I’m searching for “the word” the “title” of what I am these days. I’m a photographer. I also shoot video but I hate the word “videographer” because it sounds a bit cheap to me or at least dated. I generally think to myself that I’m a “visionographer” but I tend to “title” myself as a “media producer”. With all the talk recently about getting into video, I feel the need to make a distinction between being a shooter or a DP as opposed to a producer.
There is nothing new about still photographers moving forward in their careers and segwaying into commercial motion work. Traditionally they take on the role of the DP (Director of Photography). Many times they don’t man the camera but direct the shooter instead. Generally speaking they work in large crews and with agencies. The biggest distinction is that most times it’s a “work for hire” situation because the production company owns the finished product.
With the explosion of video and in particular web video, come new buyers for this medium. Buyers from the corporate world as well as institutions and even ad agencies that may have been historically just “print”. With the advancement of technology and being able to deliver a high end product because of it – leaner and meaner small production companies have come along. When you have a shooter using the RED and able to deliver not only the motion part of the job but able to pull stills from the shoot, once again still photographers feel threatened.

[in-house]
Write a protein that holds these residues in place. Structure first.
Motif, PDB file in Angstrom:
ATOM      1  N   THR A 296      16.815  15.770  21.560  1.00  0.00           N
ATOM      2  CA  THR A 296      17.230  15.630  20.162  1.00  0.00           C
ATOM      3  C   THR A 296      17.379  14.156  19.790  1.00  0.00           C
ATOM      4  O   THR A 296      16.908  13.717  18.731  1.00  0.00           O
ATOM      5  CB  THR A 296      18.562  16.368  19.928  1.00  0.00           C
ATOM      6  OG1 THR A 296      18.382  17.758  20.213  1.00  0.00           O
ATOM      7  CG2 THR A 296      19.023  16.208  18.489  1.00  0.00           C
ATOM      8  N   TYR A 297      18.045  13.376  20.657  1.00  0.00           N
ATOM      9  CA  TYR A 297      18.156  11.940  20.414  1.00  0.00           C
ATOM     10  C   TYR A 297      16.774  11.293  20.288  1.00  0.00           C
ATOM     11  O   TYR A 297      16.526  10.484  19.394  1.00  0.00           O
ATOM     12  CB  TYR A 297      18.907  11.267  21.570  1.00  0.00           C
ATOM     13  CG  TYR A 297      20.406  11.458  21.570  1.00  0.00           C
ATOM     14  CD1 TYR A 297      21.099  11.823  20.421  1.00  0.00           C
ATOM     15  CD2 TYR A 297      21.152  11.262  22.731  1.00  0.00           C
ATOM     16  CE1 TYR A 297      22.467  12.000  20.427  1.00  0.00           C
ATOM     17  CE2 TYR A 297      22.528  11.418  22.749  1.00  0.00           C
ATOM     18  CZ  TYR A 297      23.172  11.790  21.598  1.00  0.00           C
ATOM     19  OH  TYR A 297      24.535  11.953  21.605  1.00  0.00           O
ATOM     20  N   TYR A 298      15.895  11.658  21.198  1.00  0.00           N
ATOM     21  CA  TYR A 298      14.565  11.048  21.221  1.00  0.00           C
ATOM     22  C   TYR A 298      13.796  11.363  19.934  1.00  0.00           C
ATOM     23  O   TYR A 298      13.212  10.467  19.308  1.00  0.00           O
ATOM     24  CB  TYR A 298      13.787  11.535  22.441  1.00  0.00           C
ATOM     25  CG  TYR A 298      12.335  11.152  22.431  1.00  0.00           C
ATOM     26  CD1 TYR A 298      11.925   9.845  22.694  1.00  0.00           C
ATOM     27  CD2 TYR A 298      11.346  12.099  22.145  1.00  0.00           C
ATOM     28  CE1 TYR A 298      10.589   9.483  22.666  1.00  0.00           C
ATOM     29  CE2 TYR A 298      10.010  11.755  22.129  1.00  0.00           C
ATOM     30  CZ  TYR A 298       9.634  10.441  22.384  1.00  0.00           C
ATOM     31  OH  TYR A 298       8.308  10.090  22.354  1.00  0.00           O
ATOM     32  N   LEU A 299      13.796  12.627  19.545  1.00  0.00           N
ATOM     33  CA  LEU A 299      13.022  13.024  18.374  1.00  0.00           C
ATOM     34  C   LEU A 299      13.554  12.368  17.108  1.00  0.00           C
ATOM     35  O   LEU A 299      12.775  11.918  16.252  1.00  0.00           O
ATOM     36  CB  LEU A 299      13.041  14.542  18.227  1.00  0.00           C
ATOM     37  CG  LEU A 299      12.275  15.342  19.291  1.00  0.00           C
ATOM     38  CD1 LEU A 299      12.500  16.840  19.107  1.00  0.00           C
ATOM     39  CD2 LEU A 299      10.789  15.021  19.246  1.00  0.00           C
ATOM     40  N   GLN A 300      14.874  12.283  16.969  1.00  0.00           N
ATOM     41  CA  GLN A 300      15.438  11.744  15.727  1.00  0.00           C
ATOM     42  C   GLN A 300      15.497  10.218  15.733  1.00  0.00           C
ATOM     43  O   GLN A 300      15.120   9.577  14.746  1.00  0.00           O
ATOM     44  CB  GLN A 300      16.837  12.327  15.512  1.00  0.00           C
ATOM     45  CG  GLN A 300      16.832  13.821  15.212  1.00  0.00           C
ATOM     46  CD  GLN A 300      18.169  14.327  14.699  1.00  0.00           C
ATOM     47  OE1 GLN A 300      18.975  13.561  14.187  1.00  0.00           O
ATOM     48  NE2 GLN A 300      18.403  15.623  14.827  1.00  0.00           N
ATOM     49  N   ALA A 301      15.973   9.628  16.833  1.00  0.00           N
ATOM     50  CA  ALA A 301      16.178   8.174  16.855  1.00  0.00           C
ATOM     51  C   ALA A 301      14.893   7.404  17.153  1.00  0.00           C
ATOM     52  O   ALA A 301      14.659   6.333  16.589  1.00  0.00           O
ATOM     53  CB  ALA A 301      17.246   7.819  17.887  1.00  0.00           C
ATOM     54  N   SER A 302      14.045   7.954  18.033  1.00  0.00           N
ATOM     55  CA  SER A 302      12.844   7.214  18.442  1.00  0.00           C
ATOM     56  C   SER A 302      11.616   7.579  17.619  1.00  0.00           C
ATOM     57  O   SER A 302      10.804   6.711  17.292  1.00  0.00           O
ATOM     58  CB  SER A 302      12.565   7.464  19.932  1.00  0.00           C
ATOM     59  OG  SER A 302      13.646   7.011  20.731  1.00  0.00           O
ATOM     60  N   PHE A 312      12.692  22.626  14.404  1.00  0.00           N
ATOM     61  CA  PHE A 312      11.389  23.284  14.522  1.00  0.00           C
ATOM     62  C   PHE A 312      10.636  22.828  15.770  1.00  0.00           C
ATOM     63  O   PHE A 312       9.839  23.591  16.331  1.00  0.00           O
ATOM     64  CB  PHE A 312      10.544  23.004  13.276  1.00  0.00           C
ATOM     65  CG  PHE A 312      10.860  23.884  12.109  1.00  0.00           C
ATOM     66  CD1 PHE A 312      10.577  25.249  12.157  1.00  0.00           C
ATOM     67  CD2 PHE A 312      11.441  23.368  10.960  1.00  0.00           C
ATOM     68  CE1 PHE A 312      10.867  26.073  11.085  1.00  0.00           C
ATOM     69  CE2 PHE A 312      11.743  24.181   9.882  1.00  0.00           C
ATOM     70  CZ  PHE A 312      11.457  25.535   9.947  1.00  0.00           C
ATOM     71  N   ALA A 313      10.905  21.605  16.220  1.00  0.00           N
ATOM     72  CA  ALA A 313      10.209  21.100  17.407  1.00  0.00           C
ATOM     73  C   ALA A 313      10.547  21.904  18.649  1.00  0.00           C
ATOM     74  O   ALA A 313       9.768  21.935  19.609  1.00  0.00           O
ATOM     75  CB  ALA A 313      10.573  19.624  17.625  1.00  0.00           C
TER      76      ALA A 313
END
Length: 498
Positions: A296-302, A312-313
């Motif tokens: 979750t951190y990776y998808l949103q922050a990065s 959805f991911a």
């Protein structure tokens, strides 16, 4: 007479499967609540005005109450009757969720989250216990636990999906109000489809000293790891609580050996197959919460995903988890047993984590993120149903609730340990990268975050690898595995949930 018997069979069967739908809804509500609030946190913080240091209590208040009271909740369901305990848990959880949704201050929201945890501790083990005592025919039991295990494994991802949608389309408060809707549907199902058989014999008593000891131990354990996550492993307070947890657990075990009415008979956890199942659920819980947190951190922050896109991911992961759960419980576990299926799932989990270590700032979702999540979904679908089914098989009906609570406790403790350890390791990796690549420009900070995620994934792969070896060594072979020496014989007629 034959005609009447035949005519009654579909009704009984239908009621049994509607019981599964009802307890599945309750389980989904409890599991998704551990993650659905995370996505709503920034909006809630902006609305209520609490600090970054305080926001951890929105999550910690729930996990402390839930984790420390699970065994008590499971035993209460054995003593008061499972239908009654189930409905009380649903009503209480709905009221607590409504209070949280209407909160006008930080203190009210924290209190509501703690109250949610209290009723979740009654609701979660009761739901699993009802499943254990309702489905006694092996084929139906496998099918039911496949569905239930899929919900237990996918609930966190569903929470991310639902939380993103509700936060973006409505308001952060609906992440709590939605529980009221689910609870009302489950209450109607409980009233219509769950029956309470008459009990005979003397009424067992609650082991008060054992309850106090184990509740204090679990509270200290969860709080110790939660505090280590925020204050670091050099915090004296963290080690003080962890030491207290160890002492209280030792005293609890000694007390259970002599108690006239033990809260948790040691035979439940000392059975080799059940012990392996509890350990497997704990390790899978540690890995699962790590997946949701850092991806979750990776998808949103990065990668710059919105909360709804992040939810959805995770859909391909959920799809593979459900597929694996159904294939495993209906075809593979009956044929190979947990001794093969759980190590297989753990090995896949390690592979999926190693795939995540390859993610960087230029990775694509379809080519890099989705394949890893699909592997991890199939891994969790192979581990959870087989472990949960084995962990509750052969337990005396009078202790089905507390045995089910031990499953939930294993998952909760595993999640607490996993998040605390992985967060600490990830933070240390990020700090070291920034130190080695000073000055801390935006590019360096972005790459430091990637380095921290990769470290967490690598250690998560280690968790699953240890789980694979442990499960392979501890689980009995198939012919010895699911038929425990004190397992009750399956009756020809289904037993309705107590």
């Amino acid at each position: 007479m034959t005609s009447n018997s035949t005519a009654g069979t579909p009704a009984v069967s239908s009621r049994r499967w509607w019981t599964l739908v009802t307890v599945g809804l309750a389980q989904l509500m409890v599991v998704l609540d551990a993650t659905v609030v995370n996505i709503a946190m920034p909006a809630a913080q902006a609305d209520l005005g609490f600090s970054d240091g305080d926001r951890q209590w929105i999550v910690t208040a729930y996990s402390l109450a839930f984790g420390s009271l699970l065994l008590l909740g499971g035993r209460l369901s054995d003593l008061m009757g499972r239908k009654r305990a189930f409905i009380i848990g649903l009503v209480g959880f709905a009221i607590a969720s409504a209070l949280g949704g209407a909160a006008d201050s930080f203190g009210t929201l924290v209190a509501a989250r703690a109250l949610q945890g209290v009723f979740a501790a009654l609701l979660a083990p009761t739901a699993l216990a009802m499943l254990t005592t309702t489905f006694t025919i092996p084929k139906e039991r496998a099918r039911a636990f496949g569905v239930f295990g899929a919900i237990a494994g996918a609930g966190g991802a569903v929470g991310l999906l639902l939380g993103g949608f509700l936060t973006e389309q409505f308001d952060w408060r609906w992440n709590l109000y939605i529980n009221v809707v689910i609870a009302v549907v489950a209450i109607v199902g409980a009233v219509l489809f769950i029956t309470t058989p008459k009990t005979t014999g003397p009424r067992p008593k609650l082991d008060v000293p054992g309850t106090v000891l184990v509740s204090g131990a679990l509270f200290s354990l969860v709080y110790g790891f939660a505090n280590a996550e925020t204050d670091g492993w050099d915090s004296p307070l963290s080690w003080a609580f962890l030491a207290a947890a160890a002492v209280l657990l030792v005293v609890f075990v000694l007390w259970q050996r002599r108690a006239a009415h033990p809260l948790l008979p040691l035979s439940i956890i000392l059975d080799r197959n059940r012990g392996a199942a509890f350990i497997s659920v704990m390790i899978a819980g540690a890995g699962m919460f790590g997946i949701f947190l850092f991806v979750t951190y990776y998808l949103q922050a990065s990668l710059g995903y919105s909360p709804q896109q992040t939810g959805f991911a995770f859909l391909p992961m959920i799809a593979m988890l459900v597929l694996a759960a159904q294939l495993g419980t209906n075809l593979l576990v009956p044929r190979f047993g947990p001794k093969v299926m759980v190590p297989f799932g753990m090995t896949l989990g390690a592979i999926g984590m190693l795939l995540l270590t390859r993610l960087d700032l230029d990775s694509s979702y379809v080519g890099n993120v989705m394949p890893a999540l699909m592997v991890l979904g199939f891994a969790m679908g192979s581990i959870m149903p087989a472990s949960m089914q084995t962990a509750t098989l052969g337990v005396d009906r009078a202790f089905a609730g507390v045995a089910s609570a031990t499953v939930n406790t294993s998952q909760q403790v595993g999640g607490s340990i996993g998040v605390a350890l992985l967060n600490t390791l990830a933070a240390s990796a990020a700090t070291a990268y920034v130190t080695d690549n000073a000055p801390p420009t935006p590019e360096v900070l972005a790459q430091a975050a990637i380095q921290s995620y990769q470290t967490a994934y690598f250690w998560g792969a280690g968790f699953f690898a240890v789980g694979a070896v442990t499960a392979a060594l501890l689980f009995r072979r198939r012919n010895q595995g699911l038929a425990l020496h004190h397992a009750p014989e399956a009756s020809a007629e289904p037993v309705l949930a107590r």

When I got started in video, I made a conscious decision to take on the producer’s role. I could choose to shoot or edit or I could delegate these roles to outside contractors. I could also form partnerships that were fluid as the needs may be. But more importantly, I maintained ownership of the final product – which was what I was used to coming from my still photographer background.
Still photographers are essentially producers anyway so it’s not such a mental leap. So when your client comes to you and asks you if you shoot video (and you don’t) think before you answer that with a NO answer. It may be better to form some partnerships with people who do and not only keep the money in house – but not send your client off to someone who does.